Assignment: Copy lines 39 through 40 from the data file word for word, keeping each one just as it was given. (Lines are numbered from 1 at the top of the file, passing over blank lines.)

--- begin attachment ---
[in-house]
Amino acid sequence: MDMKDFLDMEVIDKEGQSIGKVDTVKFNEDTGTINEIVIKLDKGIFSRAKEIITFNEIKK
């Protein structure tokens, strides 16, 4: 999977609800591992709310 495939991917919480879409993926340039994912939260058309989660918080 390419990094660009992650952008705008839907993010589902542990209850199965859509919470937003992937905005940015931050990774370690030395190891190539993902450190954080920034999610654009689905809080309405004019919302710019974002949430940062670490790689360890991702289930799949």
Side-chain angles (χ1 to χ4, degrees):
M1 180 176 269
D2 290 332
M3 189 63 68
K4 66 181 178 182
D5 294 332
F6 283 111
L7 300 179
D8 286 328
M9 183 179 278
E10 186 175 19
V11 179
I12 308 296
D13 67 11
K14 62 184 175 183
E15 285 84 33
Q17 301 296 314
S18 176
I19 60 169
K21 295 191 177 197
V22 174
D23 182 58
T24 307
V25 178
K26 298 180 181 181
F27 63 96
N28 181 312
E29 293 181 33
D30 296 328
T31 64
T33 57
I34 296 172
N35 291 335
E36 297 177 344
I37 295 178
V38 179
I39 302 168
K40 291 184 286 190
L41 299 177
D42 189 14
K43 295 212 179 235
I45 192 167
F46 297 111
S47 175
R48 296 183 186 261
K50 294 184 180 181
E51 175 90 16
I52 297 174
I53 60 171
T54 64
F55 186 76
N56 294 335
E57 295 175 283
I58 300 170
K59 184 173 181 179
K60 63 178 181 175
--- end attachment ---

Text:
V38 179
I39 302 168